Updated at 2:30 p.m. with more details from event.By Joe Holleman
After 16 years — along with thousands of degrees, several hundred thousand students and millions of dollars in grants, gifts and improvements — Tom George is retiring as chancellor of the University of Missouri-St. Louis.
George’s retirement will take effect Sept. 1. He will step down as the longest-tenured chancellor in the school’s 56-year history.
“It has been the greatest experience of my professional life to serve as chancellor of UMSL,” George said, adding that he had “mixed emotions.”
“Some great things have happened here, but 16 years is a long time for a chancellor,” said George, 72.
Any successes during his tenure, George said, should be credited to the staff, faculty and students.
“Every day in one way or another, all of you here make me proud,” he said to the audience of about 350 who attended the announcement at noon in the Millennium Student Center.
George singled out the “diverse, hard-working and dedicated” students, saying he was most gratified when area employers would tell him that “our students hit the ground running.”
Mun Choi, president of the University of Missouri system, attended the event. He said an interim chancellor would be named in June and a national search would be conducted to pick a permanent successor.
This year, George’s salary is about $325,000.
Barbara Harbach, George’s wife, also will retire on Sept. 1. She is chair of the music department and director of the performing and fine arts school.
Drawing laughs from the audience, Harbach recalled that when the couple came to St. Louis in 2003, “the (thermometer) in the car was 105 degrees and I thought, ‘Oh my.’”
“But it has been a thrill, a pleasure and an honor” to live here, she said.
Former St. Louis County Executive Charlie Dooley praised George’s work for the surrounding communities.
“All the new building and development that Tom oversaw, it has stabilized this whole (North County) area. It is a cornerstone,” Dooley said.
One prominent event during George’s tenure was the building of the Express Scripts headquarters on the UMSL campus.
George Paz, former chairman and chief executive officer of Express Scripts, recalled when he met with George and a contractor on the site, which at the time was the school’s baseball field.
“We’re standing in center field, and I’m looking down and seeing a drainage pit and trying to figure out how we could put a building there,” Paz said. “But what Tom saw was opportunity.”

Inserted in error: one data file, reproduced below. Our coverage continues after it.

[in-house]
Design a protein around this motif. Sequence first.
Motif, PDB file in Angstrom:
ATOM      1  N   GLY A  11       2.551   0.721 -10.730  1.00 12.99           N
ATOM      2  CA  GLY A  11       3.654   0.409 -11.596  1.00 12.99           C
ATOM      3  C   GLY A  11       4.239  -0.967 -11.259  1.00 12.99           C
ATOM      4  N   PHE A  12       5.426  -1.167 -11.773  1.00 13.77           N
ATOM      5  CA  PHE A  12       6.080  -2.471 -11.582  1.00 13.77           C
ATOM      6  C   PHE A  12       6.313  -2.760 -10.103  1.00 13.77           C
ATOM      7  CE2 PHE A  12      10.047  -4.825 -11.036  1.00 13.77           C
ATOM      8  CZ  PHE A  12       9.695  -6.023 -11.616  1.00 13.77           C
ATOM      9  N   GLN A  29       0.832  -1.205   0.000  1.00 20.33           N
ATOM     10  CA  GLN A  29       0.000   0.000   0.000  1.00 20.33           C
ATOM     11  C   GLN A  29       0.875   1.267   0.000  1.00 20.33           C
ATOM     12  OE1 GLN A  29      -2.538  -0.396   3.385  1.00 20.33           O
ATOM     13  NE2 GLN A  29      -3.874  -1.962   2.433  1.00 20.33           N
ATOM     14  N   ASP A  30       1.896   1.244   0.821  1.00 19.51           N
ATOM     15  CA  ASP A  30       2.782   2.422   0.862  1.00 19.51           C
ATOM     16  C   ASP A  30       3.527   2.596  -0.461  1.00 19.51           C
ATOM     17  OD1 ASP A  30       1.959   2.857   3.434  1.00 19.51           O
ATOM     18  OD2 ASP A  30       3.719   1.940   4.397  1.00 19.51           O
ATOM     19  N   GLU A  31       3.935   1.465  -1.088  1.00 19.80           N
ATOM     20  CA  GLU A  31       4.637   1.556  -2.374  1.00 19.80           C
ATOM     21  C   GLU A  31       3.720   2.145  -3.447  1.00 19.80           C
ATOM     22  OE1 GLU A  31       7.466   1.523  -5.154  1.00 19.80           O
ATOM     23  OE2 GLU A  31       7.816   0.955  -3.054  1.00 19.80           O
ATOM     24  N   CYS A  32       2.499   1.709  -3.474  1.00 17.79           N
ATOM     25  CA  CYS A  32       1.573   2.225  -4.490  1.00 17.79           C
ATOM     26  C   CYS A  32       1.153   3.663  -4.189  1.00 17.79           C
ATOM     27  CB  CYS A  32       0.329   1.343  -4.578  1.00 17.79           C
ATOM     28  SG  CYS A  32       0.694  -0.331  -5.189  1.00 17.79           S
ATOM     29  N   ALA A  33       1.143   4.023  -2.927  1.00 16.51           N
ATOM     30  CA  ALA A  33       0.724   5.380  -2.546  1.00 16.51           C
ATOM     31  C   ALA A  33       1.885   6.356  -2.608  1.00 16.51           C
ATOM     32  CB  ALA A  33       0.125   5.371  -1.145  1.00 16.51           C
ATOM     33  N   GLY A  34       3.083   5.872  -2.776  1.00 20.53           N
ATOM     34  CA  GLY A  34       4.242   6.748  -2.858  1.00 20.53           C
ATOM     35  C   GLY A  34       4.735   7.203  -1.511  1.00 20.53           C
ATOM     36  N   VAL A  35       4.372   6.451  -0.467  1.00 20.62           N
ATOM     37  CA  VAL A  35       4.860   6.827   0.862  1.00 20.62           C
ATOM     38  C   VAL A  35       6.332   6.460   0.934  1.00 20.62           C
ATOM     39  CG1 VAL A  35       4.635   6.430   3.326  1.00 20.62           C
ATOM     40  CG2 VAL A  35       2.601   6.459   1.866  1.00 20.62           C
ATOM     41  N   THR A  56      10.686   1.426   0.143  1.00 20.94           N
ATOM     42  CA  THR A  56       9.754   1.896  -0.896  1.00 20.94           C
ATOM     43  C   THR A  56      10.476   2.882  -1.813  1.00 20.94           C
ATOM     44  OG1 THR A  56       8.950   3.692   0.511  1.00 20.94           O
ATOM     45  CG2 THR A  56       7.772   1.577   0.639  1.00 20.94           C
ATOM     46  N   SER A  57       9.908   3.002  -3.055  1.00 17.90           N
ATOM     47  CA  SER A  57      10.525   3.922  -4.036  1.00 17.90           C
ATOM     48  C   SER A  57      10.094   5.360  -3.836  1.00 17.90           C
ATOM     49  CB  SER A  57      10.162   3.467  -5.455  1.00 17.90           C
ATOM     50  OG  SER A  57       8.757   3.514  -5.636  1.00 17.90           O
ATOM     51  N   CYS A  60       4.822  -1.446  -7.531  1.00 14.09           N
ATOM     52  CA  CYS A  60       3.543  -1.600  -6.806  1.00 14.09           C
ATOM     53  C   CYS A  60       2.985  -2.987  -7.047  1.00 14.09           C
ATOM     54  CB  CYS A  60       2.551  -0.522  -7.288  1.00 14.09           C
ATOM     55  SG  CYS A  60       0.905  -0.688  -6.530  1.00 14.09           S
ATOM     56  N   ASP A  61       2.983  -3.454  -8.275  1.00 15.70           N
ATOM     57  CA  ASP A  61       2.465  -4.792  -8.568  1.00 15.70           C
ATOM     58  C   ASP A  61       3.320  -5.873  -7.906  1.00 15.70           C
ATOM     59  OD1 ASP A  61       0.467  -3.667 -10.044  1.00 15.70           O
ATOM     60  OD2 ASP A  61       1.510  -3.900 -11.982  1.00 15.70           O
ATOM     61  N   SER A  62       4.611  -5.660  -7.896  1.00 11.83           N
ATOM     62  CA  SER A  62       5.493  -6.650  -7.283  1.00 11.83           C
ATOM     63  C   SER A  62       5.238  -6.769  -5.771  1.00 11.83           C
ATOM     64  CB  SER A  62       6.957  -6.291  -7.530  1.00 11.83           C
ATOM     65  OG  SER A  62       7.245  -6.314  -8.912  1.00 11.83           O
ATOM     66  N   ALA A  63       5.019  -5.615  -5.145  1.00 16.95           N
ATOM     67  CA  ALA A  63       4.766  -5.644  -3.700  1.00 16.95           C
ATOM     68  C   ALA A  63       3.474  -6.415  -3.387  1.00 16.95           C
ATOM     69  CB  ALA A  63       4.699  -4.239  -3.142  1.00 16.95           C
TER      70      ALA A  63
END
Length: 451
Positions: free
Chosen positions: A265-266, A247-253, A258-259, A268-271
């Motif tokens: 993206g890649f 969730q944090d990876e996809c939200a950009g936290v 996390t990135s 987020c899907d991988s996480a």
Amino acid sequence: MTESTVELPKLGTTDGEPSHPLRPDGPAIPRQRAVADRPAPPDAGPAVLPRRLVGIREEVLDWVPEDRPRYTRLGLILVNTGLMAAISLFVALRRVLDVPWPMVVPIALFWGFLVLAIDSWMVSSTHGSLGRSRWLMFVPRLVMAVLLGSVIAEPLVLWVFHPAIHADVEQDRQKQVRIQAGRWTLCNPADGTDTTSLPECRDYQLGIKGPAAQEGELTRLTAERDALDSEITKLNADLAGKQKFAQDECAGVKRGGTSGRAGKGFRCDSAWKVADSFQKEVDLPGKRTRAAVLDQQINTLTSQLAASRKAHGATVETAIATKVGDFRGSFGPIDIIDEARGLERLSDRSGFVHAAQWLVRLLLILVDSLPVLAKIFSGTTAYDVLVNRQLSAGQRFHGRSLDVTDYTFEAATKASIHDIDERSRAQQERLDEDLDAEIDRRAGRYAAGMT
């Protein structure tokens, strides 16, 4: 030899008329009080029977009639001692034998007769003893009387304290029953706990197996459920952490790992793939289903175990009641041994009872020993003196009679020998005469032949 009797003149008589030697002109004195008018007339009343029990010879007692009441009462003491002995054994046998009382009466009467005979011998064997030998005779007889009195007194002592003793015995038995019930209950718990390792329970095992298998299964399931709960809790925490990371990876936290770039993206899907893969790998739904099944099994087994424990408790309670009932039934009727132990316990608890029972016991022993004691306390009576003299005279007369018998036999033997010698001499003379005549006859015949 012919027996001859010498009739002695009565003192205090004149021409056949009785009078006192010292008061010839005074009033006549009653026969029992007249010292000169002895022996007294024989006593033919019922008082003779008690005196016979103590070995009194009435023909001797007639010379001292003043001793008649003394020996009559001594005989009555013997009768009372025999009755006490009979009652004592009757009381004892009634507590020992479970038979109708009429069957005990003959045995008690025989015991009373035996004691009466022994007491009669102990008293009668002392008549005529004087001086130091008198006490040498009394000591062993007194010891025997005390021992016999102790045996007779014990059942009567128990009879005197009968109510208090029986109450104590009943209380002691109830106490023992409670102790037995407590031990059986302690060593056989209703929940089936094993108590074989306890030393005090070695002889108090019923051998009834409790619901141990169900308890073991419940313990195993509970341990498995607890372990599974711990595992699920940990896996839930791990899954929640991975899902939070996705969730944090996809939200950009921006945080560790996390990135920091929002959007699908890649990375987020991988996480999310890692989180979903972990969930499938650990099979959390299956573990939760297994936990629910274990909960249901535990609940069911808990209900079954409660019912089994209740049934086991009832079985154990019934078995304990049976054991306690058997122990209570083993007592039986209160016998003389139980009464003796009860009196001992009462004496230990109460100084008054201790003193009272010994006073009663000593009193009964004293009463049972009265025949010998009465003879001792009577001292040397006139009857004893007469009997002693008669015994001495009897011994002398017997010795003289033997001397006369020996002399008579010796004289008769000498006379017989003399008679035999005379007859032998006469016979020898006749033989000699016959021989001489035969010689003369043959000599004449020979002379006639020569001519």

Paz said the new location allowed his company to offer jobs, scholarships and internships to UMSL students, “and to offer them, like it did for me, a chance to get a college degree.”
“And it is your passion for the students,” Paz said directly to George, “that has propelled this institution forward.”
George, also an avid jazz pianist, said he planned “on stumbling into things” in retirement. “That’s the way I usually end up doing things.”
George came to UMSL in September 2003, after having served for seven years as chancellor at the University of Wisconsin-Stevens Point.
Originally a chemistry professor, George holds master’s and doctoral degrees in theoretical chemistry from Yale University. His first faculty position was as a chemistry professor at the University of Rochester.
From there, George served as dean of natural sciences and mathematics at the University at Buffalo and then provost at Washington State University before heading to Wisconsin.
Under George’s leadership, more than 310,000 students have attended the school and have earned almost 45,000 degrees, according to university statistics.
Also during George’s tenure, the school has earned more than $337.7 million in research grants; raised almost $348 million in philanthropic support; and spent more than $153 million on new buildings and renovations.
Though George’s UMSL service ends in September, he will continue serving through 2020 as the president emeritus of the Coalition of Urban and Metropolitan Universities.
UMSL has an annual enrollment of about 20,000 students over both semesters and summer sessions. It confers about 3,000 degrees a year and has about 100,000 alumni.